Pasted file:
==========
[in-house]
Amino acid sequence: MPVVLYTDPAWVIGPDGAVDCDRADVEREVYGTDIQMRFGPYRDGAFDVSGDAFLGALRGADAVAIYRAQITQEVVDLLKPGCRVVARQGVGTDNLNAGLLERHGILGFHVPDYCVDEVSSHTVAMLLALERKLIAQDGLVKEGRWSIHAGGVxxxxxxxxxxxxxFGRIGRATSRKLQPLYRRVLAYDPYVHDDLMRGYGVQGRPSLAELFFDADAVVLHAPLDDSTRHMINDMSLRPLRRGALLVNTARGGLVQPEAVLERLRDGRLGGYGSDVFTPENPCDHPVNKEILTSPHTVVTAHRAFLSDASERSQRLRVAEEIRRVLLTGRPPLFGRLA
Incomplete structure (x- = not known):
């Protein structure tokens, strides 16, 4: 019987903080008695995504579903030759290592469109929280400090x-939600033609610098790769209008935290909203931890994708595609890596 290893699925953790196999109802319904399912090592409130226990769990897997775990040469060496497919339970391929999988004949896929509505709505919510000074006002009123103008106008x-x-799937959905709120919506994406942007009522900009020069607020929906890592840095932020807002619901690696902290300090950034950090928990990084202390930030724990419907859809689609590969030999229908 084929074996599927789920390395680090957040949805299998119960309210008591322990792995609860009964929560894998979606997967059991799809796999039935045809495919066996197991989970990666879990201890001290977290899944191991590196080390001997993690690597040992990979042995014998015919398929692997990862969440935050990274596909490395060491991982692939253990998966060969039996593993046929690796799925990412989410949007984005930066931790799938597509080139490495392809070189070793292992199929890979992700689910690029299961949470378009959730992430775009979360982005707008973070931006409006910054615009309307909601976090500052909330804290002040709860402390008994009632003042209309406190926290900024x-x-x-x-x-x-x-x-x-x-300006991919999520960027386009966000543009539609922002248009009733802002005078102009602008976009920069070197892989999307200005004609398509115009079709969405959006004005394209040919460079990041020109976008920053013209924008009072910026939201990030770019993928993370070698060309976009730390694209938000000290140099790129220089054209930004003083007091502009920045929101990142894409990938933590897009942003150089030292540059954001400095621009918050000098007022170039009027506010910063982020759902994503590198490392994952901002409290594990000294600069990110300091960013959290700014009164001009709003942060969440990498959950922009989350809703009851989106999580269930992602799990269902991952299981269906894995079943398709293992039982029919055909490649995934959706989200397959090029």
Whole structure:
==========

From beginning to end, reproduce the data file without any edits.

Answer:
[in-house]
Amino acid sequence: MPVVLYTDPAWVIGPDGAVDCDRADVEREVYGTDIQMRFGPYRDGAFDVSGDAFLGALRGADAVAIYRAQITQEVVDLLKPGCRVVARQGVGTDNLNAGLLERHGILGFHVPDYCVDEVSSHTVAMLLALERKLIAQDGLVKEGRWSIHAGGVxxxxxxxxxxxxxFGRIGRATSRKLQPLYRRVLAYDPYVHDDLMRGYGVQGRPSLAELFFDADAVVLHAPLDDSTRHMINDMSLRPLRRGALLVNTARGGLVQPEAVLERLRDGRLGGYGSDVFTPENPCDHPVNKEILTSPHTVVTAHRAFLSDASERSQRLRVAEEIRRVLLTGRPPLFGRLA
Incomplete structure (x- = not known):
């Protein structure tokens, strides 16, 4: 019987903080008695995504579903030759290592469109929280400090x-939600033609610098790769209008935290909203931890994708595609890596 290893699925953790196999109802319904399912090592409130226990769990897997775990040469060496497919339970391929999988004949896929509505709505919510000074006002009123103008106008x-x-799937959905709120919506994406942007009522900009020069607020929906890592840095932020807002619901690696902290300090950034950090928990990084202390930030724990419907859809689609590969030999229908 084929074996599927789920390395680090957040949805299998119960309210008591322990792995609860009964929560894998979606997967059991799809796999039935045809495919066996197991989970990666879990201890001290977290899944191991590196080390001997993690690597040992990979042995014998015919398929692997990862969440935050990274596909490395060491991982692939253990998966060969039996593993046929690796799925990412989410949007984005930066931790799938597509080139490495392809070189070793292992199929890979992700689910690029299961949470378009959730992430775009979360982005707008973070931006409006910054615009309307909601976090500052909330804290002040709860402390008994009632003042209309406190926290900024x-x-x-x-x-x-x-x-x-x-300006991919999520960027386009966000543009539609922002248009009733802002005078102009602008976009920069070197892989999307200005004609398509115009079709969405959006004005394209040919460079990041020109976008920053013209924008009072910026939201990030770019993928993370070698060309976009730390694209938000000290140099790129220089054209930004003083007091502009920045929101990142894409990938933590897009942003150089030292540059954001400095621009918050000098007022170039009027506010910063982020759902994503590198490392994952901002409290594990000294600069990110300091960013959290700014009164001009709003942060969440990498959950922009989350809703009851989106999580269930992602799990269902991952299981269906894995079943398709293992039982029919055909490649995934959706989200397959090029």
Whole structure: